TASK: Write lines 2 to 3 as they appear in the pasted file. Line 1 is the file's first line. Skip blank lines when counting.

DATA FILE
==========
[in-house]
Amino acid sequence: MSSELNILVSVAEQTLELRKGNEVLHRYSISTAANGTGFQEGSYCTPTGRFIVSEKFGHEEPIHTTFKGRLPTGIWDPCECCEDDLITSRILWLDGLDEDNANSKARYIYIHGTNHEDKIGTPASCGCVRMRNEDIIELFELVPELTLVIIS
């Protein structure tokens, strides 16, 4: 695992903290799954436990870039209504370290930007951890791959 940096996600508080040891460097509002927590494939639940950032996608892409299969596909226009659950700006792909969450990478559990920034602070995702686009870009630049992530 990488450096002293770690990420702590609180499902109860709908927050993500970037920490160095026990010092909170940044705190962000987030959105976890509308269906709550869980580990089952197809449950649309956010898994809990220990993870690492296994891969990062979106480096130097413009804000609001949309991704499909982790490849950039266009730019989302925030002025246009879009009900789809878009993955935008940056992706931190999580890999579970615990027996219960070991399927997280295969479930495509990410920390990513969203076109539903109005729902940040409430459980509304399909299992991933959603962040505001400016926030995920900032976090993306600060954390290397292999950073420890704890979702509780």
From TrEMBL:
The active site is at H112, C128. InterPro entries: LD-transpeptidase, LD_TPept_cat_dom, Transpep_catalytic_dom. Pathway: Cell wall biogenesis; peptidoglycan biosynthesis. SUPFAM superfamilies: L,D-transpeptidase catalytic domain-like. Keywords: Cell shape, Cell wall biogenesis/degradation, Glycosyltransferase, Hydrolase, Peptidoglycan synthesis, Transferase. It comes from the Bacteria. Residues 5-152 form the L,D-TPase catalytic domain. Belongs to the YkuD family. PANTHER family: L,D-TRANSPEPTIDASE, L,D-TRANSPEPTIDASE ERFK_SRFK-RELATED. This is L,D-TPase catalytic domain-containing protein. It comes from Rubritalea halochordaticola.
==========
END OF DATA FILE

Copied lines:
Amino acid sequence: MSSELNILVSVAEQTLELRKGNEVLHRYSISTAANGTGFQEGSYCTPTGRFIVSEKFGHEEPIHTTFKGRLPTGIWDPCECCEDDLITSRILWLDGLDEDNANSKARYIYIHGTNHEDKIGTPASCGCVRMRNEDIIELFELVPELTLVIIS
């Protein structure tokens, strides 16, 4: 695992903290799954436990870039209504370290930007951890791959 940096996600508080040891460097509002927590494939639940950032996608892409299969596909226009659950700006792909969450990478559990920034602070995702686009870009630049992530 990488450096002293770690990420702590609180499902109860709908927050993500970037920490160095026990010092909170940044705190962000987030959105976890509308269906709550869980580990089952197809449950649309956010898994809990220990993870690492296994891969990062979106480096130097413009804000609001949309991704499909982790490849950039266009730019989302925030002025246009879009009900789809878009993955935008940056992706931190999580890999579970615990027996219960070991399927997280295969479930495509990410920390990513969203076109539903109005729902940040409430459980509304399909299992991933959603962040505001400016926030995920900032976090993306600060954390290397292999950073420890704890979702509780």